August 27, 1991
MEMORANDUM FOR: BRUCE C. BEELMAN
Area Director; Bismarck, North Dakota
THRU: LEO CAREY
Director, Office of Field Operations
BYRON R. CHADWICK
Region VII Administrator
Attention: Cindi Cross
FROM: STEPHEN A. NEWELL
Acting Director, Office of Statistics
SUBJECT: Recordkeeping Question From John Morrell Inc.
The most comprehensive guidance for the recording of CTDs on the OSHA 200
Log is found on pages 14 and 15 of the Ergonomics Program Management
Guidelines For Meatpacking Plants. The ergonomics guidelines state that
a CTD exists if there is at least one physical finding OR at least one
subjective symptom combined with 1) medical treatment, 2) lost workdays
(includes restricted work activity), or 3) transfer/rotation to another job.
The definition of lost workdays, restricted work activity, and medical
treatment used in the meatpacking guidelines are the same as those found in
the Recordkeeping Guidelines For Occupational Injuries and Illnesses.
On page 42 of the recordkeeping guidelines medical treatment is defined as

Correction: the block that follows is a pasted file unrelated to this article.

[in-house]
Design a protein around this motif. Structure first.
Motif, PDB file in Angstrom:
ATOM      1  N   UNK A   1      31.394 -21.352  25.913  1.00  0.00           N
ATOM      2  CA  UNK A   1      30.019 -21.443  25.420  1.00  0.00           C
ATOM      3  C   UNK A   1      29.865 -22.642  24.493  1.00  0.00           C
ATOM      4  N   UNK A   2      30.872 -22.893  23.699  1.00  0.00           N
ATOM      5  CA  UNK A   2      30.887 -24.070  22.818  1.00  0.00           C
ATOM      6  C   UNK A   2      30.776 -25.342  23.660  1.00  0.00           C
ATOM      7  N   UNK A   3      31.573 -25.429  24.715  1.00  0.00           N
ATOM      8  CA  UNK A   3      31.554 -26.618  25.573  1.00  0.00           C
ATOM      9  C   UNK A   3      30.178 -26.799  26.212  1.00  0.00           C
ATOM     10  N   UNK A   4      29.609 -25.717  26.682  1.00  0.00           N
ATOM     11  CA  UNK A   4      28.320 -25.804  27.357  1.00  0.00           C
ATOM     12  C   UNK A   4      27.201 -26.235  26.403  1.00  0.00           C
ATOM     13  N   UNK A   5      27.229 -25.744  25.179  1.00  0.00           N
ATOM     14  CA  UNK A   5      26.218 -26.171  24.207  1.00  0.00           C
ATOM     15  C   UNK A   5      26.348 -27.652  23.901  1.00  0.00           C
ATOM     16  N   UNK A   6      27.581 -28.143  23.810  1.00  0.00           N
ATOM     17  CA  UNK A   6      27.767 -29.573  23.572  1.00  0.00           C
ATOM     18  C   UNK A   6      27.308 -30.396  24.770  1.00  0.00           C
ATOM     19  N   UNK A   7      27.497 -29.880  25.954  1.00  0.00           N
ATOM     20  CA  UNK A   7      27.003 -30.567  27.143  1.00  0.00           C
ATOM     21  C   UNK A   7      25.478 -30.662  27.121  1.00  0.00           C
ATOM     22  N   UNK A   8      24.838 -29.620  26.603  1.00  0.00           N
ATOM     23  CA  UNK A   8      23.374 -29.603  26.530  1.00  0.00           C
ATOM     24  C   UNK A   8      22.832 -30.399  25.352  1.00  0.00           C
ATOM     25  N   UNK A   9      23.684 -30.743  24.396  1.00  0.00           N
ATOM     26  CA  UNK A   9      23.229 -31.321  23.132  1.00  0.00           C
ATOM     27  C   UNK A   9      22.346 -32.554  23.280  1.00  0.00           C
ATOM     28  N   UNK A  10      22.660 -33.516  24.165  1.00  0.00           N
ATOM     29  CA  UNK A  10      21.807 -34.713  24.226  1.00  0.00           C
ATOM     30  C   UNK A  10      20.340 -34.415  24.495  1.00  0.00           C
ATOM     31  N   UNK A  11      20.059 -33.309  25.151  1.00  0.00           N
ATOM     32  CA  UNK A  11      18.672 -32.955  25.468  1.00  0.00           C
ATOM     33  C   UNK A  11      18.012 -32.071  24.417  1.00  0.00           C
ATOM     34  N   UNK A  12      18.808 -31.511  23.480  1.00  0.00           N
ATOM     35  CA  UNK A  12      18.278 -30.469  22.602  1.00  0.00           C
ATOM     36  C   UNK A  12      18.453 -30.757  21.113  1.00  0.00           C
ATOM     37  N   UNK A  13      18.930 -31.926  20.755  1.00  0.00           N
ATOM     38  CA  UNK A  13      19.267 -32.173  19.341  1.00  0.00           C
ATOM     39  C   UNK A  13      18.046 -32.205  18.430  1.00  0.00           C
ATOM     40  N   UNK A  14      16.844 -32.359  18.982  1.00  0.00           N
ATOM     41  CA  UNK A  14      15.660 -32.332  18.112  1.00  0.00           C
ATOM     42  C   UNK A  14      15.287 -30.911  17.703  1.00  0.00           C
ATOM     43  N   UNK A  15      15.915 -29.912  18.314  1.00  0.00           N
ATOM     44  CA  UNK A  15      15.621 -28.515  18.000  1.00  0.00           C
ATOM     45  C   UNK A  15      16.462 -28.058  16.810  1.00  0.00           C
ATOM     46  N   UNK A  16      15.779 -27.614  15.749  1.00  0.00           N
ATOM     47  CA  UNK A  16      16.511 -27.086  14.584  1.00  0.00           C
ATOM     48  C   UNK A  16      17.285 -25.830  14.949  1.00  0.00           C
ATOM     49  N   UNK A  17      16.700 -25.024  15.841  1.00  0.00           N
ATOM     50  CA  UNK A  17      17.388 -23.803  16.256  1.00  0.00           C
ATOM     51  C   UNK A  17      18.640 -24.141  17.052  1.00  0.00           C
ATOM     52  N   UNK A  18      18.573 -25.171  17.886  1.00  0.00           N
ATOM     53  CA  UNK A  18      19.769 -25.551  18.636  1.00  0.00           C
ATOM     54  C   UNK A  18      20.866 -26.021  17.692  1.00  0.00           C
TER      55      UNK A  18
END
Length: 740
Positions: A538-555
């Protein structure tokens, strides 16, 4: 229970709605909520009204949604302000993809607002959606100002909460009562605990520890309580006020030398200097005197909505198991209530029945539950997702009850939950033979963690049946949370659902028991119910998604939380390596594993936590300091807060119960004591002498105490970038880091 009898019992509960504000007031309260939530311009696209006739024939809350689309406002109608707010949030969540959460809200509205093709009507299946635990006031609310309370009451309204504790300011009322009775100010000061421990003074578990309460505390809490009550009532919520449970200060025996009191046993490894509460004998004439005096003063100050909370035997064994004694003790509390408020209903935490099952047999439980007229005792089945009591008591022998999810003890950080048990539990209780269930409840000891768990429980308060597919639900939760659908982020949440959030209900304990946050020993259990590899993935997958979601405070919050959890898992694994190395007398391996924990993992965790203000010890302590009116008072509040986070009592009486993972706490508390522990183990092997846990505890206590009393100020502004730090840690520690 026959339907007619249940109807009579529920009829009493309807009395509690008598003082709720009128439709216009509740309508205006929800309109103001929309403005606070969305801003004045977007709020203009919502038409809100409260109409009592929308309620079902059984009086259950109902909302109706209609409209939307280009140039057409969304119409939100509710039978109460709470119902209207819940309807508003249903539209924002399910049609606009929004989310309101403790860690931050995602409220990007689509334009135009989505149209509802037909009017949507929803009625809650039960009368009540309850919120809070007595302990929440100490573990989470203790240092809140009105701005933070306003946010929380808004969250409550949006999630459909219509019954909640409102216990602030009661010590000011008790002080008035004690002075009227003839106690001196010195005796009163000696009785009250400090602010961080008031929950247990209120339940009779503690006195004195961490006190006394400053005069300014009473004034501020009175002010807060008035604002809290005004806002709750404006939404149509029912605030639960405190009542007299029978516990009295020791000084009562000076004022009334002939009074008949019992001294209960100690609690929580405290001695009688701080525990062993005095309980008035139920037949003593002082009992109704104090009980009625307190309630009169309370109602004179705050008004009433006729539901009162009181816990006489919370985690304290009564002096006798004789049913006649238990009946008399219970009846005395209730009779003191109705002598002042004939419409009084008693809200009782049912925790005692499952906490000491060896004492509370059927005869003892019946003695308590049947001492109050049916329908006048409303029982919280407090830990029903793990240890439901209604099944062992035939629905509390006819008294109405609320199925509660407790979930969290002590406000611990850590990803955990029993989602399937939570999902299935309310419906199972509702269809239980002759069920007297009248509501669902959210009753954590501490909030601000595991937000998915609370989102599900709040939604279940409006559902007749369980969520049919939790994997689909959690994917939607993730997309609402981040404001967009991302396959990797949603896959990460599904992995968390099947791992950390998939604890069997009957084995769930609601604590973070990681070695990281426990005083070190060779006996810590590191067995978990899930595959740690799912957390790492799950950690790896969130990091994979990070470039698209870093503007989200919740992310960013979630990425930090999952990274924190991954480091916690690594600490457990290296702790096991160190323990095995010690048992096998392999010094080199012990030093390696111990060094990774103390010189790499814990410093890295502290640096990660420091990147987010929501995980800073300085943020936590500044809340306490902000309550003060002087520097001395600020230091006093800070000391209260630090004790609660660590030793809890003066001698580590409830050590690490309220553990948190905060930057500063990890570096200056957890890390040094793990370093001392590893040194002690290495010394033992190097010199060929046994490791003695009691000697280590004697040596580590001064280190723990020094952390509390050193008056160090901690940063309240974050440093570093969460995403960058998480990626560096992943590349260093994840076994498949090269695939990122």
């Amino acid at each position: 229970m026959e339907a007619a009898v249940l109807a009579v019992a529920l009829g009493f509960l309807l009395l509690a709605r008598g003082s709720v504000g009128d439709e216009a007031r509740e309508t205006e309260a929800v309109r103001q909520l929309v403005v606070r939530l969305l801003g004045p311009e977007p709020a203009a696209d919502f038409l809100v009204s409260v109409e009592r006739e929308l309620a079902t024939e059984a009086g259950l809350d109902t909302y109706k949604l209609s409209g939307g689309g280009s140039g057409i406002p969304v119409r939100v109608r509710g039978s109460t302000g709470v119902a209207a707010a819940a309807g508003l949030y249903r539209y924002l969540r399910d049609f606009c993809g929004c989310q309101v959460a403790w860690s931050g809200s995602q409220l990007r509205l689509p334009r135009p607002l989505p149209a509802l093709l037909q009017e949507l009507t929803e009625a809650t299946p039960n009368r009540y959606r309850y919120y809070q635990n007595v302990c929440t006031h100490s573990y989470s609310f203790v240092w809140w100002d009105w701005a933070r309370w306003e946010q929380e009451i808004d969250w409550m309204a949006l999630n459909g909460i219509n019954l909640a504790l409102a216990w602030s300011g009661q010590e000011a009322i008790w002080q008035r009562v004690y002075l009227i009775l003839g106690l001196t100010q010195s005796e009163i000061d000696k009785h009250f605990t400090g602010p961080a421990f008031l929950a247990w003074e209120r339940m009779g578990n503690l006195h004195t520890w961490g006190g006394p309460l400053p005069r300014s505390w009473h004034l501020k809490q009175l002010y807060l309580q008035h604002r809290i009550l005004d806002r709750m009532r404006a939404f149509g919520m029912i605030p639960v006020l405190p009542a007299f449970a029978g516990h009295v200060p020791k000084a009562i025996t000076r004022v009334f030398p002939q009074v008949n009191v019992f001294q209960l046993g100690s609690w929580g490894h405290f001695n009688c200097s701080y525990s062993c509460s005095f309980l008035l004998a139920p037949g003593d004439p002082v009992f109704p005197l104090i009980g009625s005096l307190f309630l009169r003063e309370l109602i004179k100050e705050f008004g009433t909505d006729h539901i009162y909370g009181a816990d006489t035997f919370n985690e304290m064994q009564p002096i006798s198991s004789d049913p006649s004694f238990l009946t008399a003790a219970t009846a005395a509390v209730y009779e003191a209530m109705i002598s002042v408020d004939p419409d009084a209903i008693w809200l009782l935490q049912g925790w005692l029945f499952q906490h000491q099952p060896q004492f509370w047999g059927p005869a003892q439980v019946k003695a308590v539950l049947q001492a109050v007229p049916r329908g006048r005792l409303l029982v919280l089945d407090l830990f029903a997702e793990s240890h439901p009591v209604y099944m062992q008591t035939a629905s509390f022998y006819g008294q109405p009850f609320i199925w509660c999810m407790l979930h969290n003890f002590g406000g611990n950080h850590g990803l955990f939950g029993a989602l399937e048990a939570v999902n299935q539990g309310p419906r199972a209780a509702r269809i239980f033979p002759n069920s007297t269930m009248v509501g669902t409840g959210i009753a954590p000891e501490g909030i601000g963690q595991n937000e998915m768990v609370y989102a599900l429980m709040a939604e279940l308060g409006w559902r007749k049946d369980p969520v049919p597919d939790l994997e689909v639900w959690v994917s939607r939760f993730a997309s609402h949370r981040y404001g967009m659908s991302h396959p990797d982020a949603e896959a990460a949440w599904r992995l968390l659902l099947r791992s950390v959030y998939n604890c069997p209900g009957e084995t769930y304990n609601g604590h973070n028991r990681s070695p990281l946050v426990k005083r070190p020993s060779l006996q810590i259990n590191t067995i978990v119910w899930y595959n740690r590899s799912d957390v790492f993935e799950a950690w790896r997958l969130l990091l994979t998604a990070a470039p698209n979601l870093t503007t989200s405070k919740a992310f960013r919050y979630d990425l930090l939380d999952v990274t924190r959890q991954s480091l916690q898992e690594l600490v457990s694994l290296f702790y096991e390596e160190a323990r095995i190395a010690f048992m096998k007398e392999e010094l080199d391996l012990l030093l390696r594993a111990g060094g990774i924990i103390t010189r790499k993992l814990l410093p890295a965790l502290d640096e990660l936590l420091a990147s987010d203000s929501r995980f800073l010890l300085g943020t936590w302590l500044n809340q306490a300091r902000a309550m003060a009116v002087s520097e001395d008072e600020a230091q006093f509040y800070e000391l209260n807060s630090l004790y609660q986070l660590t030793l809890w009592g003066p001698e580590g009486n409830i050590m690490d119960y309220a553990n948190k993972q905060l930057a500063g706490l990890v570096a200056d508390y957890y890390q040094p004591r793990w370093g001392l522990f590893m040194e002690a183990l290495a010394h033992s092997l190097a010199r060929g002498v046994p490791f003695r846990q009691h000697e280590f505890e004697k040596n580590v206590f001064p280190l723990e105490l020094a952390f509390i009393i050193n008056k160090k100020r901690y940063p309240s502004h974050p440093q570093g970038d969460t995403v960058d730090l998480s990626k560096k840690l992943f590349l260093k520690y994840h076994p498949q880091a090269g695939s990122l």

"any treatment, other than first aid treatment, administered to injured
employees". First aid treatment is then defined as "any one-time treatment,
and any follow-up visit for the purpose of observation of minor scratches,
cuts, burns, splinters and so forth, which do not ordinarily require medical
care". On page 43 of the recordkeeping guidelines a list containing examples
of medical treatment and first aid treatment are provided.
The medical treatment/first aid lists address several of the treatments
mentioned in your letter to Mr. Hairston. The use of cold compresses
(including ice packs) during second or subsequent visit to medical personnel
is considered medical treatment. The use of nonprescription medications
(aspirin, over the counter ibuprofren, etc.) is considered first aid
treatment, regardless of the quantity of such medications used. The use of
prescription medications (medications for which a physician's prescription is
required) is considered medical treatment if more than a single dose is used
for minor injury or discomfort.
The first aid/medical treatment lists do not provide comprehensive guidance
concerning the use of splints and/or wraps. The only mention of the subject
is that the use of elastic bandages during first visit to medical personnel
is considered first aid treatment. Our interpretation of the recordkeeping
guidelines is that the use of casts, splints or orthopedic devices designed
to immobilize a body part are considered medical treatment, while wraps or
non-constraining devices such as wristlets are considered first aid
treatment, regardless of how long or how often they are used.